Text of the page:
When I was young, my mother would periodically make comments about how she had been a different person before having kids. We would tease her about her untameable curly hair and she would say forebodingly, "Just wait until you get pregnant; mine used to be wavy like yours." When her allergies would act up, she'd say, "I never had a problem with this until I had you kids." I remember looking at her blankly for a moment, befuddled by the idea of her existing before we did and then, unable to compute such a concept, I would drop that whole existential chasm and go off and play with my fellow body-snatchers.
When I was pregnant, I remember having my own out-of-body moments, feeling like an anthropologist observing this bizarre terrain formerly known as My Body. Although I had a healthy, easy pregnancy in general, there were dozens of little changes -- you know, your feet swell so much that they look like they belong on a Muppet or Sesame Street character, at odd moments throughout the day your body gets furiously pummeled from the inside, everything takes twice as much energy as it used to. Individually, these changes were too insignificant to discuss with my ob/gyn and too standard to elicit much more than an eyeroll and a 15-minute history of their pregnancy horrors if I mentioned them to someone at work or a friend. So I quickly learned to not share them and just experience these little shifts in how my body functioned on my own.
I was left with a huge feeling of disconnect, though, pretending to everyone else that everything was normal for me while feeling that my body really had been taken over by something unknown. (Which, of course, it had.) This was when I first had the thought: How have so many women put up with this so quietly for so long?
For, despite the extra public courtesy (doors opened, shopping bags carried to the car, you need never stand on public transportation again), while one is pregnant there is precious little concession to the fact that you are walking around with another BEING inside of you. Things are, in fact, very DIFFERENT. Not continually, not all the time, but nonetheless, most non-pregnant people do not scan every new environment they enter to determine the best place to puke should the urge arise. Call me a whiner, but as the weeks and months wore on and the changes became greater and greater (for goodness sake, you can't even breathe easily in the last trimester!) the thought that this is what women have done for all these years filled me with a sense of dazed awe. How have pregnant women managed to function business as usual?
I am reminded of all this because since my son was born, my menstrual cycles have become regular. This may seem like no big deal to the average woman, but let me put it this way: For 37 years I enjoyed menstrual cycles that were very short, somewhat infrequent, and at their worst involved a little extra desire for chocolate, a slightly greater tendency to cry, and a desire to get a full eight hours sleep instead of the usual six or seven. Now, my cycles are like clockwork every 28 days and for the first time, I believe that I am experiencing PMS as women across the world have experienced PMS from time immemorial. Bloating to the point of nausea, fatigue, rage, breasts swelling to the weight of sandbags, for 7-10 days out of every 28. This is the "usual," right?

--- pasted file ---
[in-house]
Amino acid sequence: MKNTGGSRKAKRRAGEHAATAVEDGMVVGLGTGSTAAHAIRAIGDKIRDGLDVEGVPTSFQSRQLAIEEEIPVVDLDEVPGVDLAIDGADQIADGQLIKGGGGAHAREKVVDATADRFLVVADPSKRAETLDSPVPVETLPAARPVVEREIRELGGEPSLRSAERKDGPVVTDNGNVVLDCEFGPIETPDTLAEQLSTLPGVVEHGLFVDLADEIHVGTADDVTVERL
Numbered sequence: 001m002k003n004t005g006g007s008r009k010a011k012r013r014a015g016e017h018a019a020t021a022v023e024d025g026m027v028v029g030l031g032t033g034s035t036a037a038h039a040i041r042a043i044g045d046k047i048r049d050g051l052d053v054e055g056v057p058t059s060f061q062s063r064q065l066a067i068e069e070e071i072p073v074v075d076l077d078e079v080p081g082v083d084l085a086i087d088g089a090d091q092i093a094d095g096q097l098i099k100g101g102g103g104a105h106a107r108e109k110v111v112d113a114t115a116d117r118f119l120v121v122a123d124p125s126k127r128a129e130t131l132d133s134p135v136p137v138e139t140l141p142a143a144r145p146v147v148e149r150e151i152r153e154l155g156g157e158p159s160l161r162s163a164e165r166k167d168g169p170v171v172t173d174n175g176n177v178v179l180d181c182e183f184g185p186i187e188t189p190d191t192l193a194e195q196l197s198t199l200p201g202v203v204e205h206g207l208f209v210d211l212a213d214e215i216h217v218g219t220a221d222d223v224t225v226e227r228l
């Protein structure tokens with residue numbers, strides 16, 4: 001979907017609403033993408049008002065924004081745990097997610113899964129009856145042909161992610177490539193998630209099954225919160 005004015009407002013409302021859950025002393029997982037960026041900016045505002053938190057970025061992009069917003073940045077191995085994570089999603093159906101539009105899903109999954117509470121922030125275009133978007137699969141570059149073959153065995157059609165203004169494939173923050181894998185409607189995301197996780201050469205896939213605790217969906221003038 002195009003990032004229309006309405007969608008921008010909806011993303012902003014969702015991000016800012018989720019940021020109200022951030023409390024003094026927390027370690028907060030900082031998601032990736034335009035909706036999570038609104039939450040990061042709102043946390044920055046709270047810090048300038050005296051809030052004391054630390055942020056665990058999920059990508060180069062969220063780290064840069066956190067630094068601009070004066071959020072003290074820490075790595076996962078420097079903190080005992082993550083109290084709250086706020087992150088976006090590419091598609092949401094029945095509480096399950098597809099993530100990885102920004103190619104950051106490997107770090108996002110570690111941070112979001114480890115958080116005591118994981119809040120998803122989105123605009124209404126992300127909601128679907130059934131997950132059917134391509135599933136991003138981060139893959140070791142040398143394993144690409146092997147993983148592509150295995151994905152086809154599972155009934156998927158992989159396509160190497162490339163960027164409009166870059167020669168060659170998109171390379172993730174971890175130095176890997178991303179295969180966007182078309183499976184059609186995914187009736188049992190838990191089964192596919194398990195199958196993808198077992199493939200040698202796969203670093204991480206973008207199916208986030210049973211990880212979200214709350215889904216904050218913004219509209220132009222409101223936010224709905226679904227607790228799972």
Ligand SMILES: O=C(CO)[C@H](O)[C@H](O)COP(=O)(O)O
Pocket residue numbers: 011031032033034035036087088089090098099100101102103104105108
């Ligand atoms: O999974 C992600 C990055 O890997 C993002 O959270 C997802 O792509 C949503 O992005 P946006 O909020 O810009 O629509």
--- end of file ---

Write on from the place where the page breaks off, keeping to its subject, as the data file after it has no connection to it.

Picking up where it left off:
Again, my only thought is: THIS is what women have done all these years? I have that slightly dazed feeling all over again. Surely not, I think, surely this is not what it could be like for women everywhere throughout the dawn of time because something so insidious, so debilitating -- wouldn't there be national campaigns about it? Wouldn't celebrities be wearing little pins to raise awareness of our plight? Wouldn't there be millions of medical dollars dedicated to fighting this adversity? Instead of late-night jokes about it, wouldn't someone be handing the makers of Midol a Nobel prize?
I thought that pregnancy was a temporary condition; I was an anthropologist visiting a foreign land, but I would be going home in just nine short months. I hadn't really believed my mother when she blamed her body's failures on having kids. Some of the changes get plenty of press, of course -- weight gain, Kegel exercises. But curly hair? Allergies? PMS? Once again, the cliché Your life will never be the same after you have kids takes on new meaning for me. My days of virtually hormonal-free PMS are over. Once again, my admittance into the Mommy Club gives me unexpected insight into what it takes to be a woman. And, I have to say, I'm very impressed with us.
Alicia and her family live in Vermont.